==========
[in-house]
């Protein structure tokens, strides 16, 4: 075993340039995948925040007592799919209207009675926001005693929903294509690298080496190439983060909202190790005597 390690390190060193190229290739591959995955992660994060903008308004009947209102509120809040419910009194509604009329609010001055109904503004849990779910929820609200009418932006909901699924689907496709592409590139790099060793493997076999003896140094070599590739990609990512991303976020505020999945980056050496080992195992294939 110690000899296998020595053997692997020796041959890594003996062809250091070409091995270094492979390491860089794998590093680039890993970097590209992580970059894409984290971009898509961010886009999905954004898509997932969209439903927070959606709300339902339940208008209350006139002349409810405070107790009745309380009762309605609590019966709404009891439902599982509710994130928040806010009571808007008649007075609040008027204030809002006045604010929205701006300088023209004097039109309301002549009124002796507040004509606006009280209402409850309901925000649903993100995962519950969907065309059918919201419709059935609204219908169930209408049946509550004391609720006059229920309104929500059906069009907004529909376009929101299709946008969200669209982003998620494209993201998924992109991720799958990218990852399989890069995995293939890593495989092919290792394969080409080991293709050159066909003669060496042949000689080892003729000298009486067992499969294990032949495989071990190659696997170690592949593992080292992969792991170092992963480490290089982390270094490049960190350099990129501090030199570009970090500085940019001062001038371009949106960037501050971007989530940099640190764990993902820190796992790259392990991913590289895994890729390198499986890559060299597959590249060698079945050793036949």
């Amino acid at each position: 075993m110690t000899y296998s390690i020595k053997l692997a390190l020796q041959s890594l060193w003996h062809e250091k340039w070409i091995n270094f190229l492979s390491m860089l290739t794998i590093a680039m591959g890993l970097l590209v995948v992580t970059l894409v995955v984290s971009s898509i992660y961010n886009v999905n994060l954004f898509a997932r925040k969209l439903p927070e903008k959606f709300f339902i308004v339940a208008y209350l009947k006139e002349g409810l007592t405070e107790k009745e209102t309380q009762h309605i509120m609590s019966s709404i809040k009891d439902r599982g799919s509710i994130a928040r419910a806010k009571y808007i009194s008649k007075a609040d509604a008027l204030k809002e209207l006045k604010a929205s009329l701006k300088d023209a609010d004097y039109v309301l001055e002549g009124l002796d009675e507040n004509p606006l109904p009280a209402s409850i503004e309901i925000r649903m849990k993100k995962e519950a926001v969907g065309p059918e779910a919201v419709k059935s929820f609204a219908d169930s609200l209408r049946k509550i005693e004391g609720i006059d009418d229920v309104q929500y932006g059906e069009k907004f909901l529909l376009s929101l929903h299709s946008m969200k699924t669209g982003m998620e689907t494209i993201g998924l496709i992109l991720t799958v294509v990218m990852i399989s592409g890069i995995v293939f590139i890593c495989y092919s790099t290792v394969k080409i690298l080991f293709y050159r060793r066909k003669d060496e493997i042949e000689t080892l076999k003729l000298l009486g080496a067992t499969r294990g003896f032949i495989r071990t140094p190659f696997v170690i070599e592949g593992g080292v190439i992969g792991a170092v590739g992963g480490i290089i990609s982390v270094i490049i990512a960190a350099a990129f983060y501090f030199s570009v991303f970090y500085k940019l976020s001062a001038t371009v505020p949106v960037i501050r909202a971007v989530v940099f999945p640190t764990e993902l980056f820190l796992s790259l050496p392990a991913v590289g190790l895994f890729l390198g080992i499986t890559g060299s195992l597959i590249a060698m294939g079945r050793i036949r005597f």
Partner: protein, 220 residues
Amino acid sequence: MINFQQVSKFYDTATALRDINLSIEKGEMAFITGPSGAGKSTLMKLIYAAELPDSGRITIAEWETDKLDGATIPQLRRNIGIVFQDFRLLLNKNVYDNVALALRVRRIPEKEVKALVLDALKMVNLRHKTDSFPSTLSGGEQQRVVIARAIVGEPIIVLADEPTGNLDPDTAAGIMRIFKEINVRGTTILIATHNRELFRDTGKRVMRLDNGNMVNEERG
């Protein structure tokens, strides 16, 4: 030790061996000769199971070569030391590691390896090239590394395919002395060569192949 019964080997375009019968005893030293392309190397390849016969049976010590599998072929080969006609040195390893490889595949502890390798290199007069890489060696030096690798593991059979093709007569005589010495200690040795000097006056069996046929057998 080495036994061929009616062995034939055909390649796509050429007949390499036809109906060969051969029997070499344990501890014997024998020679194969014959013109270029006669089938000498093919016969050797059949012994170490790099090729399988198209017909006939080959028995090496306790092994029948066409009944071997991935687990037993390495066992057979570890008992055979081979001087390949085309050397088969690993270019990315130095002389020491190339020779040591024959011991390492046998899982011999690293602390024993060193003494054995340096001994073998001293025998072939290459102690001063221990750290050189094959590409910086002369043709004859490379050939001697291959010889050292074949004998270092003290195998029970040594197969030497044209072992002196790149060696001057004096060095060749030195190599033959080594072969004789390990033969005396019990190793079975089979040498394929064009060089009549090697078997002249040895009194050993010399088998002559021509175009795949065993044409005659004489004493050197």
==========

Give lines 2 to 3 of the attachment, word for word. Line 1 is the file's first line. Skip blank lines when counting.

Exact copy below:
């Protein structure tokens, strides 16, 4: 075993340039995948925040007592799919209207009675926001005693929903294509690298080496190439983060909202190790005597 390690390190060193190229290739591959995955992660994060903008308004009947209102509120809040419910009194509604009329609010001055109904503004849990779910929820609200009418932006909901699924689907496709592409590139790099060793493997076999003896140094070599590739990609990512991303976020505020999945980056050496080992195992294939 110690000899296998020595053997692997020796041959890594003996062809250091070409091995270094492979390491860089794998590093680039890993970097590209992580970059894409984290971009898509961010886009999905954004898509997932969209439903927070959606709300339902339940208008209350006139002349409810405070107790009745309380009762309605609590019966709404009891439902599982509710994130928040806010009571808007008649007075609040008027204030809002006045604010929205701006300088023209004097039109309301002549009124002796507040004509606006009280209402409850309901925000649903993100995962519950969907065309059918919201419709059935609204219908169930209408049946509550004391609720006059229920309104929500059906069009907004529909376009929101299709946008969200669209982003998620494209993201998924992109991720799958990218990852399989890069995995293939890593495989092919290792394969080409080991293709050159066909003669060496042949000689080892003729000298009486067992499969294990032949495989071990190659696997170690592949593992080292992969792991170092992963480490290089982390270094490049960190350099990129501090030199570009970090500085940019001062001038371009949106960037501050971007989530940099640190764990993902820190796992790259392990991913590289895994890729390198499986890559060299597959590249060698079945050793036949």
């Amino acid at each position: 075993m110690t000899y296998s390690i020595k053997l692997a390190l020796q041959s890594l060193w003996h062809e250091k340039w070409i091995n270094f190229l492979s390491m860089l290739t794998i590093a680039m591959g890993l970097l590209v995948v992580t970059l894409v995955v984290s971009s898509i992660y961010n886009v999905n994060l954004f898509a997932r925040k969209l439903p927070e903008k959606f709300f339902i308004v339940a208008y209350l009947k006139e002349g409810l007592t405070e107790k009745e209102t309380q009762h309605i509120m609590s019966s709404i809040k009891d439902r599982g799919s509710i994130a928040r419910a806010k009571y808007i009194s008649k007075a609040d509604a008027l204030k809002e209207l006045k604010a929205s009329l701006k300088d023209a609010d004097y039109v309301l001055e002549g009124l002796d009675e507040n004509p606006l109904p009280a209402s409850i503004e309901i925000r649903m849990k993100k995962e519950a926001v969907g065309p059918e779910a919201v419709k059935s929820f609204a219908d169930s609200l209408r049946k509550i005693e004391g609720i006059d009418d229920v309104q929500y932006g059906e069009k907004f909901l529909l376009s929101l929903h299709s946008m969200k699924t669209g982003m998620e689907t494209i993201g998924l496709i992109l991720t799958v294509v990218m990852i399989s592409g890069i995995v293939f590139i890593c495989y092919s790099t290792v394969k080409i690298l080991f293709y050159r060793r066909k003669d060496e493997i042949e000689t080892l076999k003729l000298l009486g080496a067992t499969r294990g003896f032949i495989r071990t140094p190659f696997v170690i070599e592949g593992g080292v190439i992969g792991a170092v590739g992963g480490i290089i990609s982390v270094i490049i990512a960190a350099a990129f983060y501090f030199s570009v991303f970090y500085k940019l976020s001062a001038t371009v505020p949106v960037i501050r909202a971007v989530v940099f999945p640190t764990e993902l980056f820190l796992s790259l050496p392990a991913v590289g190790l895994f890729l390198g080992i499986t890559g060299s195992l597959i590249a060698m294939g079945r050793i036949r005597f």